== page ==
Tuesday, July 12, 2011

Measuring and melting glaciers in Alaska

I've been offline the last two weeks to do a volunteer vacation/vacation in Alaska. As Stoat has mentioned somewhere, volunteering is a great way to ignore your air travel emissions, and this was the third time I've done it by taking GPS measurements of glaciers.


The photo above isn't photoshopped, btw, nor is it my natural complexion. The electric blue lighting inside glacial ice has to be seen to be believed. That photo wasn't inside the glacier we measured though, but a glacial iceberg we recreated in, near Valdez in an outfall lake. As you can see from the photo after the jump, we wouldn't be able to get inside the glacier we measured except by unfortunate accident. Since my niece accompanied me this time, I was somewhat determined to make sure that wouldn't happen.



So this is the glacier we measured, a source glacier for the Teklanika River in Denali National Park. The snow bank at bottom left hangs off the terminus, despite all the rock debris. It continues all the way to the ridgeline horizon, although the bedrock outcrops in the middle show the glacier's about ready to melt down into two smaller glaciers. Only the widest connection is glacial ice, I think, the rest just looks like snow bands.

We walked up to the cirque you can barely see just below that connection, taking measurements along the way. Half of that cirque and almost all of the rest of the bottom glacier has already lost its snow cover, before July. This bottom glacier is doomed. Still, it's helpful to get ground measurements, and walking a centerline like we did might get the actual researchers a little closer to mass measurements. You have to backpack to get to these glaciers, so we vactioneers can save some time for the researchers.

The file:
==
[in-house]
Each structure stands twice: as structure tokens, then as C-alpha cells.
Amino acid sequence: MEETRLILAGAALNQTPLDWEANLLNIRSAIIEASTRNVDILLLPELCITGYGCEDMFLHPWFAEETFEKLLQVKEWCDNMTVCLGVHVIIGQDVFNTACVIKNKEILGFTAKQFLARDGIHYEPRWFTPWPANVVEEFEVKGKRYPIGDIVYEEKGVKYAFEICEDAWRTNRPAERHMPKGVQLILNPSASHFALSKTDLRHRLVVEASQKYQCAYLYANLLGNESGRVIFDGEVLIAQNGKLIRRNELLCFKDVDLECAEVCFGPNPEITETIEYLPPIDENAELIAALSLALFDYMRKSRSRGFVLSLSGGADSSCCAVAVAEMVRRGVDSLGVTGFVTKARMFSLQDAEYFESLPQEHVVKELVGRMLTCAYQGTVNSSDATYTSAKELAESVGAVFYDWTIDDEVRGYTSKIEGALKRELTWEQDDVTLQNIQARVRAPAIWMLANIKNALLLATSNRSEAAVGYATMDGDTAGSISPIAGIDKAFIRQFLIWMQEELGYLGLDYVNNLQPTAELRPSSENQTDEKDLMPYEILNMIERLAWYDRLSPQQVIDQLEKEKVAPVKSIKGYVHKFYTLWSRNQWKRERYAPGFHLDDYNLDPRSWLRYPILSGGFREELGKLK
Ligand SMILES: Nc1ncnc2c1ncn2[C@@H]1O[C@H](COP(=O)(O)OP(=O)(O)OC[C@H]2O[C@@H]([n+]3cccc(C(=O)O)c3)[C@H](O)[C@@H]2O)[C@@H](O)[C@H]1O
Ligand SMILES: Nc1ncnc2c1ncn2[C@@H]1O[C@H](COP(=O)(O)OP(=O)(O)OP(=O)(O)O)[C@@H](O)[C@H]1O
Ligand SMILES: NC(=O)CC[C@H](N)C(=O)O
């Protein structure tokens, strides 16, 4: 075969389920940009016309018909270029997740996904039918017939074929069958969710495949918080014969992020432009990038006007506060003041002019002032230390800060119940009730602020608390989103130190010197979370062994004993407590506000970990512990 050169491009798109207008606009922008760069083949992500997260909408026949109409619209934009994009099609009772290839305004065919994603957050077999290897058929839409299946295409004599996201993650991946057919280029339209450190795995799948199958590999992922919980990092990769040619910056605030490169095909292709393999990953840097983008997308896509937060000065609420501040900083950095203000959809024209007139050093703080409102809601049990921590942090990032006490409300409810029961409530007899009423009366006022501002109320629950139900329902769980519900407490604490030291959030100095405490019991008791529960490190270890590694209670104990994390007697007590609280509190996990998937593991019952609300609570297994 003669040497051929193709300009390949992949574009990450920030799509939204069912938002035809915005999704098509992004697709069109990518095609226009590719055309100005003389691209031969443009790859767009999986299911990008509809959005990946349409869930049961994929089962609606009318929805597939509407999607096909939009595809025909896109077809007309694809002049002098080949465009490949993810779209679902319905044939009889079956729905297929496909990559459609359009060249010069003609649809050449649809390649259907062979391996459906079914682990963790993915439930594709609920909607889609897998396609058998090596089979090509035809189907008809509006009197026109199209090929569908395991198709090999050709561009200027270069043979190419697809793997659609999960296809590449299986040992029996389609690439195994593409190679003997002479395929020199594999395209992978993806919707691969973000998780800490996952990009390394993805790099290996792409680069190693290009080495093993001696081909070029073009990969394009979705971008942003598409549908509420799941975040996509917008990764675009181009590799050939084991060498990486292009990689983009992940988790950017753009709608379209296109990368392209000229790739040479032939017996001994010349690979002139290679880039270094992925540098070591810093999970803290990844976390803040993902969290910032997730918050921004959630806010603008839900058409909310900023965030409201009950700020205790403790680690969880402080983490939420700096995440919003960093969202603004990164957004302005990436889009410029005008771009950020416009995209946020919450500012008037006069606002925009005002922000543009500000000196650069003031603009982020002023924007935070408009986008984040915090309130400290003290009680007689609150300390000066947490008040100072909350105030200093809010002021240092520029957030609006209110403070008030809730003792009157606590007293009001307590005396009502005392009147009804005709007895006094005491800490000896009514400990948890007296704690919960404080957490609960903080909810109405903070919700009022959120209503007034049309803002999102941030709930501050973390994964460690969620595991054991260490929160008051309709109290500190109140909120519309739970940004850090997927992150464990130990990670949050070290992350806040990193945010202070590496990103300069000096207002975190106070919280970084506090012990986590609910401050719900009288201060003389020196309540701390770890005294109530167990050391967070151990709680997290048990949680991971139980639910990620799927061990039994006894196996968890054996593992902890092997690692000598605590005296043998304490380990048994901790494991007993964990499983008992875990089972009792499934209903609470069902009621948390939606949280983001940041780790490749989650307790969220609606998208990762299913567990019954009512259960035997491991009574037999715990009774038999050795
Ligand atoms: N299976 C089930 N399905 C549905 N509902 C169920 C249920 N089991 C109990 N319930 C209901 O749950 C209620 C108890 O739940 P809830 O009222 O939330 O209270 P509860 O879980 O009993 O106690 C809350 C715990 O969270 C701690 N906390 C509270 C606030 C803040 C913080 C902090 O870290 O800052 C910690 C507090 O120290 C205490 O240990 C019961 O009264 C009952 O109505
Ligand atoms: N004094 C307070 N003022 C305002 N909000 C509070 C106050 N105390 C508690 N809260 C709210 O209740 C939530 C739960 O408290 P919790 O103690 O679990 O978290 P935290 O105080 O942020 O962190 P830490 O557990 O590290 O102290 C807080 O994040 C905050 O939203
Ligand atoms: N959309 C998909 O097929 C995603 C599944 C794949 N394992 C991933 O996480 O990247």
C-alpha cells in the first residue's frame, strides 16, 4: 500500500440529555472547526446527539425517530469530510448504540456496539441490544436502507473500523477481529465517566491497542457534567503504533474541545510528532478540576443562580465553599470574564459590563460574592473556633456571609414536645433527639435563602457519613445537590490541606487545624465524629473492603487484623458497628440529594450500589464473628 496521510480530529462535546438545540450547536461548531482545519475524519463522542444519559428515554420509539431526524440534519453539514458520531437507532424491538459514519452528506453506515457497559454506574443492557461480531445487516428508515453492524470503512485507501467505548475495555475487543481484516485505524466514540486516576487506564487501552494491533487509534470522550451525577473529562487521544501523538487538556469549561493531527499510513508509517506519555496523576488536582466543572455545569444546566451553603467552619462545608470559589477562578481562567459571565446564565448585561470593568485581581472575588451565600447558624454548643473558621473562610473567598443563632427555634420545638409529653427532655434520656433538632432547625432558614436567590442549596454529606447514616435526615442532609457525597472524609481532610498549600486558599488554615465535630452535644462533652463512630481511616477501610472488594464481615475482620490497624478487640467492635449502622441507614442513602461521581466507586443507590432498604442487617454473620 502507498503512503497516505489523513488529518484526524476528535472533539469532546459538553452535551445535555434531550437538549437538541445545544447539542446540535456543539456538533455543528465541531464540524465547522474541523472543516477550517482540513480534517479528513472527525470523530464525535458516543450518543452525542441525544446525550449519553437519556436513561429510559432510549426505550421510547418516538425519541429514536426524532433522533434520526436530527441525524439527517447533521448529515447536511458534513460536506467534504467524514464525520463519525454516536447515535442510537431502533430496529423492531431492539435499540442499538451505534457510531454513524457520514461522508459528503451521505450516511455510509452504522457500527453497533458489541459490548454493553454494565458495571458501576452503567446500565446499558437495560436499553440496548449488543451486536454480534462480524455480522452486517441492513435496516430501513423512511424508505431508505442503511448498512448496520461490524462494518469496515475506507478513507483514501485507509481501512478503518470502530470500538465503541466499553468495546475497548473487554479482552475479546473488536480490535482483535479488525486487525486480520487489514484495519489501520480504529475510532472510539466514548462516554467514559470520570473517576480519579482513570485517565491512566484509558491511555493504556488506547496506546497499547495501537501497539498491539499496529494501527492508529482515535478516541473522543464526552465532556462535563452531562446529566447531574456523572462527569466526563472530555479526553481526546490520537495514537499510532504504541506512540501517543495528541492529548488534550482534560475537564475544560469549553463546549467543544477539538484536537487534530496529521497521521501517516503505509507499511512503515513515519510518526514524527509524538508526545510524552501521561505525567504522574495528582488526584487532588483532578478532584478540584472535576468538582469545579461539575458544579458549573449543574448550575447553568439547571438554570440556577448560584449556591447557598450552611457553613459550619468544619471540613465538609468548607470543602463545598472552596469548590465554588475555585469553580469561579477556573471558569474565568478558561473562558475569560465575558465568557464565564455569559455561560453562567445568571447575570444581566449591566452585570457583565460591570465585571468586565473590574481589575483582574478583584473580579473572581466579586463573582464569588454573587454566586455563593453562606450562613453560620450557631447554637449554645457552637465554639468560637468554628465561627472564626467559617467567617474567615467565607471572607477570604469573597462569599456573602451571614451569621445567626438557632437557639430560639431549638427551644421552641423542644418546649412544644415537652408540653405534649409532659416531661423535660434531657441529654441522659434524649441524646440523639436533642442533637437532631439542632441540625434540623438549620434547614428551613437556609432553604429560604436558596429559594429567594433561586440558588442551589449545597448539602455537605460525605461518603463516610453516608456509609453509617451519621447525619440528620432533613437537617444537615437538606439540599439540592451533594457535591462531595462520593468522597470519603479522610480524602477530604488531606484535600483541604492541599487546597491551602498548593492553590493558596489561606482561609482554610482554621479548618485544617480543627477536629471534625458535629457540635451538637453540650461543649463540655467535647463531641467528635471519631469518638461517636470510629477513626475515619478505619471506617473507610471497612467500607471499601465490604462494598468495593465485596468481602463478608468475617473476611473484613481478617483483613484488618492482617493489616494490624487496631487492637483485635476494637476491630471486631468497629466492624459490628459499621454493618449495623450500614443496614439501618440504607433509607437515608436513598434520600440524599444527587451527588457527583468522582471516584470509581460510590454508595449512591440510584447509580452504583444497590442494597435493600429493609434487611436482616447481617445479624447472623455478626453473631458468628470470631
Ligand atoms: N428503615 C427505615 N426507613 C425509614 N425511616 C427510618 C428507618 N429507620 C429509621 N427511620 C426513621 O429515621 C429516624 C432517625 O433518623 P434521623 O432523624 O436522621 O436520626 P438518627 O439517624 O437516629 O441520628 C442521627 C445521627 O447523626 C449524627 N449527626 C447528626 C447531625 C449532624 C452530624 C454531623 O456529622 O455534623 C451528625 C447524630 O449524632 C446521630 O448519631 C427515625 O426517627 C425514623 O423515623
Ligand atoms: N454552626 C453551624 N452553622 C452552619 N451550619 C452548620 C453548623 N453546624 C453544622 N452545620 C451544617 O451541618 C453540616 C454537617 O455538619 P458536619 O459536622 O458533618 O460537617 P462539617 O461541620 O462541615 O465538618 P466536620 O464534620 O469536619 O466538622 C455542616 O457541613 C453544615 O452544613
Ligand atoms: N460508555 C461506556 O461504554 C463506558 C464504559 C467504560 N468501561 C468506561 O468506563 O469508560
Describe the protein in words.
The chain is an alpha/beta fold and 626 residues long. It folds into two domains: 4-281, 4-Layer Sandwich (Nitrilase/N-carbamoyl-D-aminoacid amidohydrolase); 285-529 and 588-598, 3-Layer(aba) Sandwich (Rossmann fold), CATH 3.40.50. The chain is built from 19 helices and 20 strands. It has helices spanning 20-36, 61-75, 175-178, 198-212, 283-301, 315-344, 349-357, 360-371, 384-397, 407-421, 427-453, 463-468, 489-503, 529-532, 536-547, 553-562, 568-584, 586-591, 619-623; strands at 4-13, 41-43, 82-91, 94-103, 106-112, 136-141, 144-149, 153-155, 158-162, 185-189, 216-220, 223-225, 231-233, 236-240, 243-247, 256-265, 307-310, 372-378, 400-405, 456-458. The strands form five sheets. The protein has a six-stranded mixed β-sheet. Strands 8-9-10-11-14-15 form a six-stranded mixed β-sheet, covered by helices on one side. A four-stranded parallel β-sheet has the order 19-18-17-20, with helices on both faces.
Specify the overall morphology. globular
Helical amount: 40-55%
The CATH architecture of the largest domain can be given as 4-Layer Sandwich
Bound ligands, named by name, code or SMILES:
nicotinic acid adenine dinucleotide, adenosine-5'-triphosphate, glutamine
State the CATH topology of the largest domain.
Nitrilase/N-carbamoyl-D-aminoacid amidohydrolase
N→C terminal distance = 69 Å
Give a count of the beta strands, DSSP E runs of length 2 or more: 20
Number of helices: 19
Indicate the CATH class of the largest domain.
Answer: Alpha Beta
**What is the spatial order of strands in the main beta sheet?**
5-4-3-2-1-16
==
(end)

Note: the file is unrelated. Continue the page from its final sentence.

I was a little disappointed not to measure other glaciers, but a sow grizzly and two cubs were in the way on the previous day. I argued to my family team that we could get around them, but apparently I was unpersuasive (and this was before the unfortunate mauling in Yellowstone).

Great vacation otherwise - I used to work in Alaska, and I love getting back. A boat trip from Valdez by the Stan Stephens tour was slightly marred by a captain who pointed out two glaciers that haven't retreated while failing to mention the retreat that's happening generally. One of them was a tidewater glacier, a type that goes through cycles mostly unrelated to climate.

All else was fine, though, and I just need to get caught up.

8 comments:

wottsupwiththat said...

Admit it, you've been melting the glaciers with blowtorches so the IPCC Reports look correct again!

Anonymous said...

Some time ago (in fact, many years ago), I read this paper. The color is just an experimental proof of the paper ;-)

http://www.opticsinfobase.org/abstract.cfm?URI=josa-73-12-1646

jon

Chris McGrath said...

Is that picture of Eli Rabbit? I thought you had fur and big ears?

Dan Satterfield said...

He took off the ears to protect them from a frost nip! It;s what rabbits do when north of 60.

Dan

Jim Bouldin said...

Real men don't let minor inconveniences like a grizzly sow and cubs get in the way of needed glacier measurements Brian ;)

Thanks for the nice article!

Jim Bouldin said...

You guys were in duckies between potentially moving icebergs??

OK I take back the real man statement. Even I would think twice about doing that...

Brian said...

Hi Jim, it was a lake iceberg and I suspect partially grounded. I'm not real man enough to do that in the ocean.

J Bowers said...

This seems relevant.

Himalayan glaciers shrinking

"Japanese researchers say three glaciers have shrunk over the past 40 years due to climate change and two may disappear altogether
[...]
Using global positioning system and simulation models, they found that the shrinkage of two of the glaciers – Yala in central and AX010 in eastern Nepal – had accelerated in the past 10 years compared with the 1970s and 1980s."